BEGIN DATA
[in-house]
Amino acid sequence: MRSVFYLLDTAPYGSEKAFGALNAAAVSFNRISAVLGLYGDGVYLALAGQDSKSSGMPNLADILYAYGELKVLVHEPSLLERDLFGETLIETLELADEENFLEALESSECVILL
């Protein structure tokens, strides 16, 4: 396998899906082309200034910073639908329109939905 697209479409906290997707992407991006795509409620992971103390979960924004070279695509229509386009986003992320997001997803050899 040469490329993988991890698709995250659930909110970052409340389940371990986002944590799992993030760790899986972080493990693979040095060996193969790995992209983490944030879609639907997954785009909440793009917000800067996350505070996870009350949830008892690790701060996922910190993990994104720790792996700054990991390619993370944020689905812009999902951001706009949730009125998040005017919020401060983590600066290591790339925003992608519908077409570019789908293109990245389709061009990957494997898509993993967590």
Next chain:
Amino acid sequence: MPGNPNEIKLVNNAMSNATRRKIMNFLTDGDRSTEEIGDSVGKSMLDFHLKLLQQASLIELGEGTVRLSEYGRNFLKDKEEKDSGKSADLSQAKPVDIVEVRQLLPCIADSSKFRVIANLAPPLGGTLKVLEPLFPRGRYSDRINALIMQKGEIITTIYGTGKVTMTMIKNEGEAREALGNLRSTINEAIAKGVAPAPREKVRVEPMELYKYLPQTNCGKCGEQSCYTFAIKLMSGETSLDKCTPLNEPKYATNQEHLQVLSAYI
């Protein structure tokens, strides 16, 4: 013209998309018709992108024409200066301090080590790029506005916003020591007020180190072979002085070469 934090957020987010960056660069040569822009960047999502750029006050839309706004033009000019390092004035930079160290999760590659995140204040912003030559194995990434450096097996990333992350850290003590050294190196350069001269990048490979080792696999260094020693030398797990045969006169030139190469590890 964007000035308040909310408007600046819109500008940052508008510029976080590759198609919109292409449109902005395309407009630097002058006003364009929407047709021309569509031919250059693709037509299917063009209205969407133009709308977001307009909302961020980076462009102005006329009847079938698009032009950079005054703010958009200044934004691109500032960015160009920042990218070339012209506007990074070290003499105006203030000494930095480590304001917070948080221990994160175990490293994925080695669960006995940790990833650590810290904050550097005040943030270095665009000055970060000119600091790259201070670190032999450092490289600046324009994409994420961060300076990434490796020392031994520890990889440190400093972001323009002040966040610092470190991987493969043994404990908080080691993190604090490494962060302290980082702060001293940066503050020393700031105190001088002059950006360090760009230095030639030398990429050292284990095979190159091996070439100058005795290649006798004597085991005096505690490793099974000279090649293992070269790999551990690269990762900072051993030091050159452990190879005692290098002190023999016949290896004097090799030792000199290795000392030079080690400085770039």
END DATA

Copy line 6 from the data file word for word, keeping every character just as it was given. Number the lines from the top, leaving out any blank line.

């Protein structure tokens, strides 16, 4: 013209998309018709992108024409200066301090080590790029506005916003020591007020180190072979002085070469 934090957020987010960056660069040569822009960047999502750029006050839309706004033009000019390092004035930079160290999760590659995140204040912003030559194995990434450096097996990333992350850290003590050294190196350069001269990048490979080792696999260094020693030398797990045969006169030139190469590890 964007000035308040909310408007600046819109500008940052508008510029976080590759198609919109292409449109902005395309407009630097002058006003364009929407047709021309569509031919250059693709037509299917063009209205969407133009709308977001307009909302961020980076462009102005006329009847079938698009032009950079005054703010958009200044934004691109500032960015160009920042990218070339012209506007990074070290003499105006203030000494930095480590304001917070948080221990994160175990490293994925080695669960006995940790990833650590810290904050550097005040943030270095665009000055970060000119600091790259201070670190032999450092490289600046324009994409994420961060300076990434490796020392031994520890990889440190400093972001323009002040966040610092470190991987493969043994404990908080080691993190604090490494962060302290980082702060001293940066503050020393700031105190001088002059950006360090760009230095030639030398990429050292284990095979190159091996070439100058005795290649006798004597085991005096505690490793099974000279090649293992070269790999551990690269990762900072051993030091050159452990190879005692290098002190023999016949290896004097090799030792000199290795000392030079080690400085770039």